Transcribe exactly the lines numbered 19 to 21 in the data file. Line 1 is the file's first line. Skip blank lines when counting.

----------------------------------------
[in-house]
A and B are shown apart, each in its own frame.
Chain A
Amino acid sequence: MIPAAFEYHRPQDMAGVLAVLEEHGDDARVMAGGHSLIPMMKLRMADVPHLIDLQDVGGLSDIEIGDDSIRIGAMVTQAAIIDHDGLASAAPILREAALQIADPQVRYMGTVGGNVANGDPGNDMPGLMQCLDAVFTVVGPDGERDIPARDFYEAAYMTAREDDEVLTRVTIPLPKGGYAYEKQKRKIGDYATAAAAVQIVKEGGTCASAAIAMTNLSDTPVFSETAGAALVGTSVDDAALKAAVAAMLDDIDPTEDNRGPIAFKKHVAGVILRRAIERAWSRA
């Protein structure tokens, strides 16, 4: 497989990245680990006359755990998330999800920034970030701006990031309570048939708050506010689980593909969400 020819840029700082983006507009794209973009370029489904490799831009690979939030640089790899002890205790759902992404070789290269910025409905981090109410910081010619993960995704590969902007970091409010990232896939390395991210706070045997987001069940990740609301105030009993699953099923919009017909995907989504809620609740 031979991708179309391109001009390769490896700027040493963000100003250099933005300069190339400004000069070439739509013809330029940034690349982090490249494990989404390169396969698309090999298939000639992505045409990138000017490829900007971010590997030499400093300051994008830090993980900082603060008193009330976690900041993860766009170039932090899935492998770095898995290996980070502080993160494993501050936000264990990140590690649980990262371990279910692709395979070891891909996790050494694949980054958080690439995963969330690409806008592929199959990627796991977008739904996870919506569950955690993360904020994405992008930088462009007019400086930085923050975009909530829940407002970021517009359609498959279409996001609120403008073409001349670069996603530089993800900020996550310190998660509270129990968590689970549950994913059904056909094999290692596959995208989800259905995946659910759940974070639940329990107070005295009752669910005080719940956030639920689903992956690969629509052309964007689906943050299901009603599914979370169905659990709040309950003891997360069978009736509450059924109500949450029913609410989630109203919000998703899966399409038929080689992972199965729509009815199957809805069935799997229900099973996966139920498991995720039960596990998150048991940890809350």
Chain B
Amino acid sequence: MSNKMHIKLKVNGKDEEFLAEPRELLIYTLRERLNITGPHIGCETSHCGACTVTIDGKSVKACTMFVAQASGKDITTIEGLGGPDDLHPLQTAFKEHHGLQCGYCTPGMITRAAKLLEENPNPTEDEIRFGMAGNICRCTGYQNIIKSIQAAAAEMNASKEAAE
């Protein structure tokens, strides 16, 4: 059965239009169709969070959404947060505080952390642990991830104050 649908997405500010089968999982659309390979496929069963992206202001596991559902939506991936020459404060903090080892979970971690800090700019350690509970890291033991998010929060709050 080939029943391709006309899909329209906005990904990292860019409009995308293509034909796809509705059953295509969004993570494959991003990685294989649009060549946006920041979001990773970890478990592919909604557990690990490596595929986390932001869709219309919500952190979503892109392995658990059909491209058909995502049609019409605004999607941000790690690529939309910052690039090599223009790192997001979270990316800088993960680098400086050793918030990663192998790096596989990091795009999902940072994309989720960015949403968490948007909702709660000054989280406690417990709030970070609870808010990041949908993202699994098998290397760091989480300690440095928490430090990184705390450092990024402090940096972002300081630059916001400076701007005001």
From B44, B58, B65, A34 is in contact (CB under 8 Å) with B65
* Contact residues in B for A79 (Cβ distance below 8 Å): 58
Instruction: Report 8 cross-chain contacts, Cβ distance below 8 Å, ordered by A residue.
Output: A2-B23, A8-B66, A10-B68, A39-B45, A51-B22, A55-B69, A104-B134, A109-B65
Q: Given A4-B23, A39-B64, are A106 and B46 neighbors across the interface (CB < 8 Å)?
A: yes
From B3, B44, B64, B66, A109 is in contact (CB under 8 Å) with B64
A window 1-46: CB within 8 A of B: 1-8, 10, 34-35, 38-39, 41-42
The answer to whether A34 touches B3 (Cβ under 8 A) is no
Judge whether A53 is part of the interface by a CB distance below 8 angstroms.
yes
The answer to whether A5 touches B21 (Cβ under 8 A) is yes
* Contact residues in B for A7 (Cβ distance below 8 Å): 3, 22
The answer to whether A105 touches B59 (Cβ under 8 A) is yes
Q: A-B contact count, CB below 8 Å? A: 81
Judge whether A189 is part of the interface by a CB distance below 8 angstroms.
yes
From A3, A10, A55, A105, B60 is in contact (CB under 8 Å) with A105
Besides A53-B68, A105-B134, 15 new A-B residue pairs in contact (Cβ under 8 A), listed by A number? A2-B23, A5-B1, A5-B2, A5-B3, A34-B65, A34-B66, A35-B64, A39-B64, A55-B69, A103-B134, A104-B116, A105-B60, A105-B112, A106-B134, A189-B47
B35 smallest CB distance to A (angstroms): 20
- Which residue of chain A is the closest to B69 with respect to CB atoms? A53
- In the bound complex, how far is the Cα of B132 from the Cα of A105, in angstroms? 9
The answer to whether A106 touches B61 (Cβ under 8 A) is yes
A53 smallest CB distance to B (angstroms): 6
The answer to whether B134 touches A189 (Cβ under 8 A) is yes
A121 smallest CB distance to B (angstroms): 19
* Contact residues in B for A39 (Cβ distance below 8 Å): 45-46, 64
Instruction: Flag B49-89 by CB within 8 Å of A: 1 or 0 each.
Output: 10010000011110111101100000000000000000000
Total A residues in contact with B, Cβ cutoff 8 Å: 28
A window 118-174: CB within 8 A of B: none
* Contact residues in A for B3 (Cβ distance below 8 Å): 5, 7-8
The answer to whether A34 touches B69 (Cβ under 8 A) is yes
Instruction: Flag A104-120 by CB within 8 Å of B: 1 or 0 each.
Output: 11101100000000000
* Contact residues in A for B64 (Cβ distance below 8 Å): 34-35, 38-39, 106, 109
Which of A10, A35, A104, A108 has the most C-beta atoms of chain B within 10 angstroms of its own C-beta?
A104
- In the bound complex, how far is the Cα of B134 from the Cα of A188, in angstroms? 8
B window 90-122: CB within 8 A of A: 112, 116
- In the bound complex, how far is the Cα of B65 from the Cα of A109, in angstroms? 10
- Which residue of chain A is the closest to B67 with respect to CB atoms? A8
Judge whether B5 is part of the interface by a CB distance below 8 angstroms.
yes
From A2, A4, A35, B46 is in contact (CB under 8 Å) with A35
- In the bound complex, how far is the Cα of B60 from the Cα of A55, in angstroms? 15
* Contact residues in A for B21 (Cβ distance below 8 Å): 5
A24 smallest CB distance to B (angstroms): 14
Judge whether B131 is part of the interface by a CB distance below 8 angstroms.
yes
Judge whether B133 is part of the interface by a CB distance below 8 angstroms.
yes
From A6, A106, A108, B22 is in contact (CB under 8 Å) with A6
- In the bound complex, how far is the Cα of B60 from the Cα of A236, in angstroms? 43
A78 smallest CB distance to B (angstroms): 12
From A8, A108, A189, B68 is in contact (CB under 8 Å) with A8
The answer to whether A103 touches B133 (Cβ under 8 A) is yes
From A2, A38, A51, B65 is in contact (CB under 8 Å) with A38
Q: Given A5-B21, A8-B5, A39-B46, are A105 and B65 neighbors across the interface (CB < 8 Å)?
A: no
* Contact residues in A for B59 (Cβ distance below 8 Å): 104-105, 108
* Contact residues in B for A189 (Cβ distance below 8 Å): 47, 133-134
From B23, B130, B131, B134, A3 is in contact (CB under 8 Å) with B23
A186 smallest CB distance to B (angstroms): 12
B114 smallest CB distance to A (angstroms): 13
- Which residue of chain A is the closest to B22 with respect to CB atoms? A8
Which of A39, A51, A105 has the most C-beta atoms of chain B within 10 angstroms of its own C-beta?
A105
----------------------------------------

yes
The answer to whether A5 touches B21 (Cβ under 8 A) is yes
* Contact residues in B for A7 (Cβ distance below 8 Å): 3, 22